11 of the world’s leading banks have joined forces with the UN to promote climate transparency in financial markets. Together they represent over USD 7 trillion.
According to a statement from the UN’s environment agency (UNEP), ANZ, Barclays, Bradesco, Citi, Itaú, National Australia Bank, Royal Bank of Canada, Santander, Standard Chartered, TD Bank Group, and UBS have jointly committed to develop analytical tools and indicators to strengthen assessments and disclosures of climate-related risks and opportunities.
“The message from financial heavyweights is clear – climate change poses a real and serious threat to our economy,” Erik Solheim, the executive director of UNEP, said in the statement.
“At the same time, there are enormous business opportunities in taking climate action. Transparency on how financial institutions mitigate the risks and seize the opportunities of a two degrees pathway is crucial to move international markets towards actively supporting a low-carbon and climate-resilient future,” he added.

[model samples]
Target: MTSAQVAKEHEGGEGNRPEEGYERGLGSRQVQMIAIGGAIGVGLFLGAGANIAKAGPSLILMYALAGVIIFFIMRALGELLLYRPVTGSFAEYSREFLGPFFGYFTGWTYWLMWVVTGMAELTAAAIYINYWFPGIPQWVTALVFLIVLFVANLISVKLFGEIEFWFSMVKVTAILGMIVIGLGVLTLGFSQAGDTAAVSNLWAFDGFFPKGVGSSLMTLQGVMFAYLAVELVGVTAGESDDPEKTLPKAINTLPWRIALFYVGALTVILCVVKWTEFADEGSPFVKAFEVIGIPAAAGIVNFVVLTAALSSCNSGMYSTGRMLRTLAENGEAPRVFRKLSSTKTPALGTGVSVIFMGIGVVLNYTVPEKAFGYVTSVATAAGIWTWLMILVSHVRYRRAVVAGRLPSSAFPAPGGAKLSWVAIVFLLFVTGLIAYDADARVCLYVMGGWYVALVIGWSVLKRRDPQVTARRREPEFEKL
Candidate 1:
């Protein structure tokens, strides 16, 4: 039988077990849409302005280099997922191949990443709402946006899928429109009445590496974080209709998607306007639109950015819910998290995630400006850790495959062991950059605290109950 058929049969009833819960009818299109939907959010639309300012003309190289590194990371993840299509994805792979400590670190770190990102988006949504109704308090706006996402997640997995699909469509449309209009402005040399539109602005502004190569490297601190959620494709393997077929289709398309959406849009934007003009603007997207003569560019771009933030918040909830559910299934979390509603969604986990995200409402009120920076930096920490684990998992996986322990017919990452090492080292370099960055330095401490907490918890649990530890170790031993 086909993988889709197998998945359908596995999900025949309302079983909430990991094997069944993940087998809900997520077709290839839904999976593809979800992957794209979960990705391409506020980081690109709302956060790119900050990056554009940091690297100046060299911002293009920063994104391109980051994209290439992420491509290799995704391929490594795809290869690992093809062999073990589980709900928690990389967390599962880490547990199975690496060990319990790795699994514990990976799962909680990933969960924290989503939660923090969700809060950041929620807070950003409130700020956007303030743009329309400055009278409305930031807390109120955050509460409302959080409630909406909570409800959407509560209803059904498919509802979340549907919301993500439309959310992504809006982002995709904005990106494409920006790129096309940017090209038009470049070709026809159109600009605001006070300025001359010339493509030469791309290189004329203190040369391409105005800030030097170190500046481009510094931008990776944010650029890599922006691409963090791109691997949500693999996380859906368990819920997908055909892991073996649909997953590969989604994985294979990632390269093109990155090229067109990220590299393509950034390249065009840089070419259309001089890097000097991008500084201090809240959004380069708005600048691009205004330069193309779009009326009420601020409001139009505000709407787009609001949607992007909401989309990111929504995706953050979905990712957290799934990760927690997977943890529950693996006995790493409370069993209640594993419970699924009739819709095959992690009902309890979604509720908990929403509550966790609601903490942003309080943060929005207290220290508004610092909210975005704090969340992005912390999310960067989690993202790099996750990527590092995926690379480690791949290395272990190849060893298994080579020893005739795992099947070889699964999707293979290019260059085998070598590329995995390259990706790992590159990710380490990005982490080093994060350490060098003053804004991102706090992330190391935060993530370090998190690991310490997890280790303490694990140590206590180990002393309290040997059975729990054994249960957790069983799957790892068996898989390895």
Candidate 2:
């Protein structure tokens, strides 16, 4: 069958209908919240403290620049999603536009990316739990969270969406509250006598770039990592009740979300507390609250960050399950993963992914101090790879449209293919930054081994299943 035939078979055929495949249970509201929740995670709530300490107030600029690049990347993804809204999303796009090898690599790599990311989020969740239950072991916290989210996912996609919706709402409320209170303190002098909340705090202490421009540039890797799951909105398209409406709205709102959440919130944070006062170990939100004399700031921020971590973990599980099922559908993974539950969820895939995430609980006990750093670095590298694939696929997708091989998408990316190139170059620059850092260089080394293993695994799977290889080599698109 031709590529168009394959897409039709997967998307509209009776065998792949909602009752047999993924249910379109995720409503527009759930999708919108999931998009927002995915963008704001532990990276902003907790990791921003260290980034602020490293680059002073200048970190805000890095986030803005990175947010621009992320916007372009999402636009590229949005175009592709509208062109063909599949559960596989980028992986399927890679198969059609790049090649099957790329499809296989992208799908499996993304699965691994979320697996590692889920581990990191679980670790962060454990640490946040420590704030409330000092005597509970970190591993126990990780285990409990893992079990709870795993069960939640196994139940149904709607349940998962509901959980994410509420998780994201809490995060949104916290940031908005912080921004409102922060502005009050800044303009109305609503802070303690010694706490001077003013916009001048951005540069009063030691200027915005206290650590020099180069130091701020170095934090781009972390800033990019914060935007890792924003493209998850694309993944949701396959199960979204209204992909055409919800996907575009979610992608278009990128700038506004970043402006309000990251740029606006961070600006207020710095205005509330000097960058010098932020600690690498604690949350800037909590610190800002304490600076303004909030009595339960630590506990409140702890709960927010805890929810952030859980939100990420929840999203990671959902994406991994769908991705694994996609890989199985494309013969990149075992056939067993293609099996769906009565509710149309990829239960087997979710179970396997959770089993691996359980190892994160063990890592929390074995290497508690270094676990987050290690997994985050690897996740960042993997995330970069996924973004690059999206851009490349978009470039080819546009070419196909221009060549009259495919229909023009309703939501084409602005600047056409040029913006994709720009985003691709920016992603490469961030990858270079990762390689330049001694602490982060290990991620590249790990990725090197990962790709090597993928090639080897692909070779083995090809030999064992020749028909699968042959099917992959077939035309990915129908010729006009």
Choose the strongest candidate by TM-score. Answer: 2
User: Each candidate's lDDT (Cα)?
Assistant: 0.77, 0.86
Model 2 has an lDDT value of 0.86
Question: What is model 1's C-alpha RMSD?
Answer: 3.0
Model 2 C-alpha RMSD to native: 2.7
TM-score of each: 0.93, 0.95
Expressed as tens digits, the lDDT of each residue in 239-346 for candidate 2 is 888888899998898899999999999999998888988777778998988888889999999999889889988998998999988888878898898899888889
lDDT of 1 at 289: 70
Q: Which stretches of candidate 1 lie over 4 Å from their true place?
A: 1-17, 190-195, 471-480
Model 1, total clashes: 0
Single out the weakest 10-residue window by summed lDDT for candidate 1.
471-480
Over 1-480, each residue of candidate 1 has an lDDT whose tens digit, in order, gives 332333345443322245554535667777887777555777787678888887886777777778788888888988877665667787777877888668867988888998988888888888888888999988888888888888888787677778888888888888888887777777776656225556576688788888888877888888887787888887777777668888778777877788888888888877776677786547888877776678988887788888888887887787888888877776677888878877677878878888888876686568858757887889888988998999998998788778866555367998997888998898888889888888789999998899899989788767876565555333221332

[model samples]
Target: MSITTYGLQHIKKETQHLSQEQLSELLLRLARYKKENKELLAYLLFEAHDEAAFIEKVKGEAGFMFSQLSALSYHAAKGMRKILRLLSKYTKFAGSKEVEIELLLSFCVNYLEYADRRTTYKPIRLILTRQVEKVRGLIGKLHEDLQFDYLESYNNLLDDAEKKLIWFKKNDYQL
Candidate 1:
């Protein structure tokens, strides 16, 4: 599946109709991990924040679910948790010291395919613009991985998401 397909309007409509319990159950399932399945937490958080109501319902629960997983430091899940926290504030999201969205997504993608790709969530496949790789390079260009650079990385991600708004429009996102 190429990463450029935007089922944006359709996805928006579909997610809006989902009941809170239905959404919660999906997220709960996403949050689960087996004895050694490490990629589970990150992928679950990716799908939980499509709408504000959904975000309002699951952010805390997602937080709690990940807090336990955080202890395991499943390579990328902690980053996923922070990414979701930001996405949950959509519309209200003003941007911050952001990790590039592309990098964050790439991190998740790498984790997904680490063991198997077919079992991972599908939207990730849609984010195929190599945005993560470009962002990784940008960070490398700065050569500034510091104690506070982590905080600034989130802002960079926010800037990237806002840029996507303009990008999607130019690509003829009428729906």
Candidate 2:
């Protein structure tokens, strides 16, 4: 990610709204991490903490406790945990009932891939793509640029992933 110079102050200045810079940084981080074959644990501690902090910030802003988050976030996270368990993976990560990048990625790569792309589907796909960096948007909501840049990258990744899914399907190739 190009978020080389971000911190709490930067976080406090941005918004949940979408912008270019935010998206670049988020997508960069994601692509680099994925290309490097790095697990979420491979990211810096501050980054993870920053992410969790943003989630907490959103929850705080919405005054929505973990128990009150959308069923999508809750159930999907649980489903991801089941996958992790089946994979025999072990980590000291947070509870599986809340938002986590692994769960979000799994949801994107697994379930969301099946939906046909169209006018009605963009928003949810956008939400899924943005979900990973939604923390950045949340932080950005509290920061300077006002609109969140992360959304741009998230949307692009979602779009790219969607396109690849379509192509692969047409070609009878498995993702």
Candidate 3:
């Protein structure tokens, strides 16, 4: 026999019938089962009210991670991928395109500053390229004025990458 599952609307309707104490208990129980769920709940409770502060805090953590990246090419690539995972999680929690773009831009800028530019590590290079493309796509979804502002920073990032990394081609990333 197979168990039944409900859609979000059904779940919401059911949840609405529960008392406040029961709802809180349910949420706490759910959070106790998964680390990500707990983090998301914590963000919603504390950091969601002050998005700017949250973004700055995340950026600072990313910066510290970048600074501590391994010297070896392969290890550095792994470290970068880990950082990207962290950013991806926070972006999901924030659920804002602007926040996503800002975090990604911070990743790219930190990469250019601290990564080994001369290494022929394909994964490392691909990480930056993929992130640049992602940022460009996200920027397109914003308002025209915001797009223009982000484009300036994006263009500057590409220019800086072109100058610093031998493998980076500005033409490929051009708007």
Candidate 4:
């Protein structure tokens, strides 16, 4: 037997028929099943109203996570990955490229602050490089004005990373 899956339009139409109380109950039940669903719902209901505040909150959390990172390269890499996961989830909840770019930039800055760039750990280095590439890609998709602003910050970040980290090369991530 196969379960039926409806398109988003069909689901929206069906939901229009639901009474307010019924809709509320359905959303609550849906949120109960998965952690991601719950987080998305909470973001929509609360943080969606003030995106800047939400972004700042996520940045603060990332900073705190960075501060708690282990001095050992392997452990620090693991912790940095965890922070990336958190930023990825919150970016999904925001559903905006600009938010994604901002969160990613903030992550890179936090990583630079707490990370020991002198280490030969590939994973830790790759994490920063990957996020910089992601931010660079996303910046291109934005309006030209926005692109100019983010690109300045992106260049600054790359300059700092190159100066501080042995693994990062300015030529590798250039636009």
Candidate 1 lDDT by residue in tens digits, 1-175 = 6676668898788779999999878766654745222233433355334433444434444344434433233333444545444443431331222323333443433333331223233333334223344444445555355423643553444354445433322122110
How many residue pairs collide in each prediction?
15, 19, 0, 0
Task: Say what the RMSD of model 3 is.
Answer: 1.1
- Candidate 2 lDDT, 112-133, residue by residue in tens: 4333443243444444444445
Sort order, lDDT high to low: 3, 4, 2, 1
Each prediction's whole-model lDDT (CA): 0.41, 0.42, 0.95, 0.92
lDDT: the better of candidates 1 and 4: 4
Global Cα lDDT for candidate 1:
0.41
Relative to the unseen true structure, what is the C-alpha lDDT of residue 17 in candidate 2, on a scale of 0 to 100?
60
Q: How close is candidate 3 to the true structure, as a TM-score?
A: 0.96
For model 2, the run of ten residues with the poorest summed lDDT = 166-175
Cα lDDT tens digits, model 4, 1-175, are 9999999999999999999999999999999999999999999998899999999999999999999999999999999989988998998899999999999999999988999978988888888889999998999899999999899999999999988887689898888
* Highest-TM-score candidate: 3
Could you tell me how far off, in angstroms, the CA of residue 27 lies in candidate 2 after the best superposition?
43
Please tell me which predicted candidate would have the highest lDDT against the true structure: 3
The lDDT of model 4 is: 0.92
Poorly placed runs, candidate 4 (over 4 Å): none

The partnership between the institutions and the UNEP Finance Initiative follows the recommendations by the Financial Stability Board (FSB)’s Task Force on Climate-Related Financial Disclosures (TCFD). It published its final recommendations in June on voluntary, consistent climate-related financial risk disclosures for use by companies, investors, lenders and insurers.
Liselotte Arni, Head Environmental and Social Risk, UBS said: “We welcome and support the recommendations of the Task Force on Climate-related Financial Disclosures. They represent a major step forward to help businesses and investors assess the risks associated with climate change. We look forward to working with other banks on implementing the TFCD’s recommendations.”
According to UNEP, increasing the amount of reliable information on financial institutions’ exposure to climate-related risks and opportunities would strengthen the stability of the financial system and help boost climate-friendly investments.